A definition of witness.


Infirmary Patient

"Jenny" was mentioned by numerous newspapers on Thursday, 11th October, 1888 as being an inmate of the St George's-in-the-East infirmary who was visited by a representative from the Central News on Tuesday, 9th October, 1888.

According to the reporter, the women there had told him about a "street bully" who they were convinced was carrying out the murders.

The following version of the article appeared in The Eastern Evening News:-

A correspondent of the Central News, in company with Dr. Saunders, the medical superintendent, visited some of the wards at the Infirmary of St George's-in-the-East on Tuesday.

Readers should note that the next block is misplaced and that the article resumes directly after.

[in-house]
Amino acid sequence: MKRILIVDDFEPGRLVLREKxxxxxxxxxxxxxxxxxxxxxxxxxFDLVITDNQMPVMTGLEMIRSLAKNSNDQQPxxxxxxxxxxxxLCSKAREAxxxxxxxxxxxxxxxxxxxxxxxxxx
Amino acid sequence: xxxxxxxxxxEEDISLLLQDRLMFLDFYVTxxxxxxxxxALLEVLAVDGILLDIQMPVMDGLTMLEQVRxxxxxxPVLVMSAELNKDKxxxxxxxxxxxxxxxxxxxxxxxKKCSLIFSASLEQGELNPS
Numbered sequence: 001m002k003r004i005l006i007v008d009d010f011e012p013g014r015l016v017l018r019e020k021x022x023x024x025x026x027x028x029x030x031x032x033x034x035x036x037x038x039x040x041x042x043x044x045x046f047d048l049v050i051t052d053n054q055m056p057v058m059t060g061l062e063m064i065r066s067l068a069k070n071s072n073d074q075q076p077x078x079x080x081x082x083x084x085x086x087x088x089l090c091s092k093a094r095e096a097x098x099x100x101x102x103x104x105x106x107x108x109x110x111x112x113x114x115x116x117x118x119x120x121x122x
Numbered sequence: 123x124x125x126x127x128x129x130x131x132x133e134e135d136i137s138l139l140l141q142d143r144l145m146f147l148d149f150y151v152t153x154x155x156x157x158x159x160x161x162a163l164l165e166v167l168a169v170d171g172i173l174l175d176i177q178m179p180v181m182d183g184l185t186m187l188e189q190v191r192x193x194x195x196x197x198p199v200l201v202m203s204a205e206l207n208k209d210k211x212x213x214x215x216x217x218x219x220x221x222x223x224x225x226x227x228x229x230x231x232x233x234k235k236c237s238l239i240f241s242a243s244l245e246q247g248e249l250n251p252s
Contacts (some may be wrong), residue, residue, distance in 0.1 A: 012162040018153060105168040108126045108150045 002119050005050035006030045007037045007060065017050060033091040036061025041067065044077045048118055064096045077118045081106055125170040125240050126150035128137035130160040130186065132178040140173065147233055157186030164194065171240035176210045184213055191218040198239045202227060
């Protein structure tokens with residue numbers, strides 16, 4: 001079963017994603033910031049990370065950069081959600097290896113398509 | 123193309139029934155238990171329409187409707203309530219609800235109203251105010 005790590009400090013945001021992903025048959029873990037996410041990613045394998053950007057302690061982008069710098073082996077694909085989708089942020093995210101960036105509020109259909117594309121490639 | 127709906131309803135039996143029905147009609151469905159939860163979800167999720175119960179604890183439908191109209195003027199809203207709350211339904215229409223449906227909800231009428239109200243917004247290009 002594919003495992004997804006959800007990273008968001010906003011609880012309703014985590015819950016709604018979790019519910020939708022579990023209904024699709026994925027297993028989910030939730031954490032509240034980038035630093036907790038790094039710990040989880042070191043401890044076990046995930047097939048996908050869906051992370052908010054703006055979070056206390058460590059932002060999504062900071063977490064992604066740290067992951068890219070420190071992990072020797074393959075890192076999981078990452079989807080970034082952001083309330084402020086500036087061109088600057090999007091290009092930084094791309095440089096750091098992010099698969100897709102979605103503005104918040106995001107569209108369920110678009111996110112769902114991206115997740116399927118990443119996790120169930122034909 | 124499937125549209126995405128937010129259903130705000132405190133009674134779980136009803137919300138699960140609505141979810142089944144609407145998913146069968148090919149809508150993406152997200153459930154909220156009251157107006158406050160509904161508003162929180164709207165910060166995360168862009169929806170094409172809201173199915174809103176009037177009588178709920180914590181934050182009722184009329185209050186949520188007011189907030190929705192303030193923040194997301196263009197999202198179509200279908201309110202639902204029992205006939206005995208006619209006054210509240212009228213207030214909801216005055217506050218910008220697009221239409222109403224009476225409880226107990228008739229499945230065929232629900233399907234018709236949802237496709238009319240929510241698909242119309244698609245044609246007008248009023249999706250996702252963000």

He found the unfortunate women in a state of great excitement over the Whitechapel murders.

Not one of them would entertain fanciful theories respecting the identify and objects of the murderer.

They were positive that the recent crimes have been the work of one man, who, by the description given and anecdotes related, appears to be a street bully of a somewhat superior type.

One woman, named Jenny, stated to Dr. Saunders that if she were well enough to get about she would soon find and identify the man who she is certain is the murderer.

He frequently maltreated the women of the streets, and extorted money from them under threats of "ripping them up."

They had sometimes appealed to the police, with the only result of a terrible beating from the scoundrel the very next night,

Jenny averred that every women in the ward would he able to pick the man out of a thousand.

She describes him as foreigner, about forty years of age.

She believed that he had been a doctor.

He dressed fairly well, and generally carried a big heavy stick."

Source: The Eastern Evening News, Thursday, 11th October, 1888.